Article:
Official website of Seattle-area actor and writer Nathaniel Jones

The Plural of "Play" Is "Plays"

SIGN: Proffessor Ludwig Underhoofin's Rural Academy of Learning (PLURAL)


PROF: Hello, class.  I am Proffessor Ludwig Underhoofin of Proffessor Ludwig Underhoofin's Rural Academy of Learning .  And that's MR. Proffessor Ludwig Underhoofin of Proffessor Ludwig Underhoofin's Rural Academy of Learning to you. Yes, you have your hand up. What?  

SATAN BOY:  Yes, I do have my hand up. But just so you know, I only have my hand up because my master, the lord of darkness, told me to.  

PROF: Yes, well. . .  

SATAN: I would just like to warn you that I refuse to do any work doesn't have something to do with the devil, scarification and mutilation, or that moat hanous of evils.

STAN: You don't mean-  


PROF: I teach English. . .  

SATAN:  So what are you saying?  

PROF: Does anybody else have any questions?  

STAN:  I'm not one to tell you how to do you job, but I believe that with a coangular approach to the singular transparant effect of multilevel cooperation of the district executives in accordance with the hydrothermic examples of circular management, an intellegent individulual with minimal financial resources discovers the uncertain terrain commonly reffered to as Territorial Governing.  As with other examples of cross sectional marketing substantiaries contain multiple communicative pluviometrics.  This being so, the sculation of the proscidian environment of the academy here suggests that the infundibuliform structure is becoming plutocratically barbituric, if you get my drift.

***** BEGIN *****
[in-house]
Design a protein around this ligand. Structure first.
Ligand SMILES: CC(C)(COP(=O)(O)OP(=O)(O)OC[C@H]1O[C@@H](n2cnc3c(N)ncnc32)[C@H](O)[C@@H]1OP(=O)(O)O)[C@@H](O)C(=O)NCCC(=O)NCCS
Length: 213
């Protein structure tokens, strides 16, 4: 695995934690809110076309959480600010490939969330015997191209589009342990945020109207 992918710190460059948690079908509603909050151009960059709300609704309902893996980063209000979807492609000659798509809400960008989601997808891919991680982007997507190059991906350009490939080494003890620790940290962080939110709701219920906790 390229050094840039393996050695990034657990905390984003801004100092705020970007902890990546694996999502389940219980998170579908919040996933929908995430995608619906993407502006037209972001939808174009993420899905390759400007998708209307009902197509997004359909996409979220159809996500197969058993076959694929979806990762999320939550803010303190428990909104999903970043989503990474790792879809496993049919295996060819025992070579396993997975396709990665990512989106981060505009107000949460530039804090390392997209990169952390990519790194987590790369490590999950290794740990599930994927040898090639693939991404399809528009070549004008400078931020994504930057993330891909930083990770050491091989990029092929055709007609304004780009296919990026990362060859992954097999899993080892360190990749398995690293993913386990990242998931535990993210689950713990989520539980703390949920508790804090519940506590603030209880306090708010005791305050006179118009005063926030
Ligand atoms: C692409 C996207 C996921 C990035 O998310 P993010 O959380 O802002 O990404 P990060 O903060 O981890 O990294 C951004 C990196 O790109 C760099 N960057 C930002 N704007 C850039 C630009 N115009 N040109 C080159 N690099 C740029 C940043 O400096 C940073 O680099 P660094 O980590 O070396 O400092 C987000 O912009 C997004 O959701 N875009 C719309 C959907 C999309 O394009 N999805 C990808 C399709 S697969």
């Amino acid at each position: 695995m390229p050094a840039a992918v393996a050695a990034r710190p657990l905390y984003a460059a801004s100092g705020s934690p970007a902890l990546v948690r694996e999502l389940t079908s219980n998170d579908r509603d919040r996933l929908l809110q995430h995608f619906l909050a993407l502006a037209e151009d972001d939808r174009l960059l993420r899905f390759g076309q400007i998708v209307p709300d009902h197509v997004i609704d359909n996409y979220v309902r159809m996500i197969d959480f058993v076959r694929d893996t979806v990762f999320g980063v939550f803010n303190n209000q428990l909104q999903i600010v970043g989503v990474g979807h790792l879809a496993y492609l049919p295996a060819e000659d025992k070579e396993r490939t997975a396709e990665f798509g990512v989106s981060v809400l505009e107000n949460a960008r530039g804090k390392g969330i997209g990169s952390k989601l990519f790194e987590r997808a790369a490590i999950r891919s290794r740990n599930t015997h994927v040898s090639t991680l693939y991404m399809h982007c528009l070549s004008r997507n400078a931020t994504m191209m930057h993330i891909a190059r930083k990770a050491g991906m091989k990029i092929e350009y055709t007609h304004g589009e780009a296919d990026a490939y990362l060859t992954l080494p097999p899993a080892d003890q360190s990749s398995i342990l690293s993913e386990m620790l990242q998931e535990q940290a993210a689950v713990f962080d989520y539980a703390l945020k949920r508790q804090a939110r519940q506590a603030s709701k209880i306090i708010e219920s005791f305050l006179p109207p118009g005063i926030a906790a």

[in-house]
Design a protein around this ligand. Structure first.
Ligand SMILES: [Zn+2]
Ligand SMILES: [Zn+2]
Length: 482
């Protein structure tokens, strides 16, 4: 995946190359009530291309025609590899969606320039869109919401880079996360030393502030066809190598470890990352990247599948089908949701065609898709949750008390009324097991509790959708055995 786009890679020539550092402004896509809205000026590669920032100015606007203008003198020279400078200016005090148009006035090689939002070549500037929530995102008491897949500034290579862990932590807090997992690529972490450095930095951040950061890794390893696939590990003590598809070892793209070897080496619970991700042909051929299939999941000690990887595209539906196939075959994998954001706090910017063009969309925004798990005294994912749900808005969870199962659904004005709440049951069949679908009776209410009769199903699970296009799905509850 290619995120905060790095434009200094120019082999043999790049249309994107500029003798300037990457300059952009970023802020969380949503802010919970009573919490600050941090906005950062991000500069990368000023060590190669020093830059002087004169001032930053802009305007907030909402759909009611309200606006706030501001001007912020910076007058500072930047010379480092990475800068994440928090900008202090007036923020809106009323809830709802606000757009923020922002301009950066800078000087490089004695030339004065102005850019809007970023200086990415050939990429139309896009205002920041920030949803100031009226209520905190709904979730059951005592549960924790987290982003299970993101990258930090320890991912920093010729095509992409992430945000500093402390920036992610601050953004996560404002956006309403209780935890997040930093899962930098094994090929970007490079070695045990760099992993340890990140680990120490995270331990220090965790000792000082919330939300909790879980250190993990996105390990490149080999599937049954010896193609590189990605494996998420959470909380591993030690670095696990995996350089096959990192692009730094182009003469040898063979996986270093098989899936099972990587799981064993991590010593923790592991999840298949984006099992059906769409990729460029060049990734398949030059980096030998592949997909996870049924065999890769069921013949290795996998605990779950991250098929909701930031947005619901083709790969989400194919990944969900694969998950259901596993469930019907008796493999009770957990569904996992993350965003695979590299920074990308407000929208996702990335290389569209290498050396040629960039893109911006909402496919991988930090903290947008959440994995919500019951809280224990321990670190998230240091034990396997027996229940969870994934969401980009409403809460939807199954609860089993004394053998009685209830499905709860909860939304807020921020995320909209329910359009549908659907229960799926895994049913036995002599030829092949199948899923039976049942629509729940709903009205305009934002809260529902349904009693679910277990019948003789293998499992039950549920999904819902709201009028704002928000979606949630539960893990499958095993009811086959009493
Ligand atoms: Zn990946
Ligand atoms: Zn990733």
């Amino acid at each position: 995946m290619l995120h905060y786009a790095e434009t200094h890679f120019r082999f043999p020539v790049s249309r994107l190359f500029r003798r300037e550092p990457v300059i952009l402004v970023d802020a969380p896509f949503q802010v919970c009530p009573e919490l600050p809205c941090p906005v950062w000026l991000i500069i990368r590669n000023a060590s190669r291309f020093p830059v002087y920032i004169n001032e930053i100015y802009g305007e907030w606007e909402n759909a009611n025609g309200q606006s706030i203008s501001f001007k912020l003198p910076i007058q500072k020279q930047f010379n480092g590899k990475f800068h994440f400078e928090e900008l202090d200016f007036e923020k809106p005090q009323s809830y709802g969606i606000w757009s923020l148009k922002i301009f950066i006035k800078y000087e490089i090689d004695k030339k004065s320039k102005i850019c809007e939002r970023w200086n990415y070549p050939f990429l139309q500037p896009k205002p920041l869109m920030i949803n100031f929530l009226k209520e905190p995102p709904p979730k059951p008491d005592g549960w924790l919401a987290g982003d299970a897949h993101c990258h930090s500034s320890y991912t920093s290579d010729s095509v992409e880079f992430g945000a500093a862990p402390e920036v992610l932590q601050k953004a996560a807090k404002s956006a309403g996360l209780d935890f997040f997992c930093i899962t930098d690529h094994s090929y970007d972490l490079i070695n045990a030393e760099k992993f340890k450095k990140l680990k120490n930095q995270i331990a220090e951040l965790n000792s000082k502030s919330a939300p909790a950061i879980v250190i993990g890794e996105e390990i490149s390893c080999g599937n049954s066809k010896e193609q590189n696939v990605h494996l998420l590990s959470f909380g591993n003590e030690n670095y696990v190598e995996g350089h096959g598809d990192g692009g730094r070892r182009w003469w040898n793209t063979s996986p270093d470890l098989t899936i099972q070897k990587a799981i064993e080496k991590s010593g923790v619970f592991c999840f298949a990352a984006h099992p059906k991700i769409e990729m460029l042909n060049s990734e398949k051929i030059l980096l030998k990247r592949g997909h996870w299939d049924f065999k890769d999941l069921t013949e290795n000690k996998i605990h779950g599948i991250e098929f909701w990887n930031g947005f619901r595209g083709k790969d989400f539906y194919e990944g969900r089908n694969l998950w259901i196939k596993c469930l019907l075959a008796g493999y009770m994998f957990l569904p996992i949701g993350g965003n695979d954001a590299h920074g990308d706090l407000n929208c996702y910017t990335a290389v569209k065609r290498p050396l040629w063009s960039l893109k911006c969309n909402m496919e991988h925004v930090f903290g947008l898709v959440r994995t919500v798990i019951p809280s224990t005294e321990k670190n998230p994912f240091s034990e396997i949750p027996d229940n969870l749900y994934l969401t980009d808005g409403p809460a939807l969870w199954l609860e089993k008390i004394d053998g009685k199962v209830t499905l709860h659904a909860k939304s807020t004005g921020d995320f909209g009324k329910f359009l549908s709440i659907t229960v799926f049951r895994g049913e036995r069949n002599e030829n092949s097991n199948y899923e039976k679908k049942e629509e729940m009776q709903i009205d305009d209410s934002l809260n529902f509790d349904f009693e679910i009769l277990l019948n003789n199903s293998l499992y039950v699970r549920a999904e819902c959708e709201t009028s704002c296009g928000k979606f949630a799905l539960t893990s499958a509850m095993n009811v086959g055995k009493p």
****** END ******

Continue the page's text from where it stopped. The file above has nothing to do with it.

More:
PROF: Uh. . . Todays lesson is on plurals!  

STAN: So what you're saying is that the squillagee of the Mephistophelean being taught will be turriculated in a zygophyllaceous manner?

PROF: A plural is used when there is more than one of something.  For example, if you have more than one apple, you would use the plural, which is apples.  

STAN: Which ARE apples.  

PROF: No, the plural of apple aren't apples it is apples.  

STAN: THEY ARE apples. Gees, and you call yourself an english  teacher.

PROF: No! Look, the plural of apple IS apples.  There is only one plural being mentioned.  

SATAN:  What does this have to do with devil?  

PROF: Nothing.  

SATAN: Then I'm leaving.  


SATAN: Ooh!  Getting a bit evil, are we?  

PROF:  Open your Writers Inc. Books-  

SATAN: You're losing that evil touch!  

PROF: Open your Writers Inc. Books to number-

SATAN: Losing it!

PROF: Open your books to number 666.  

SATAN: Whoah! What number did you say?  

PROF: 666.  

SATAN: MUCH better! You may continue.  

PROF: Thank you.  Alright, now most nouns can be changed to it's plural state by adding an s to it. Stan, would you read the example given?  


PROF: Satan boy?

SATAN: cheerleader to cheerleaders, wheel to wheels, devil to devils.  

PROF: It doesn't say devil to devils.  

SATAN: It does in MY mind.  

PROF: Yes, I'm sure that it does. Now, if you have a word that ends in "sh", "ch", "x", "s", or "z" you add an "es" to it. Stan, would you like to read the examples given in number 667?  

STAN:  lunch to lunches, dish to dishes, mess to messes, fox to foxes.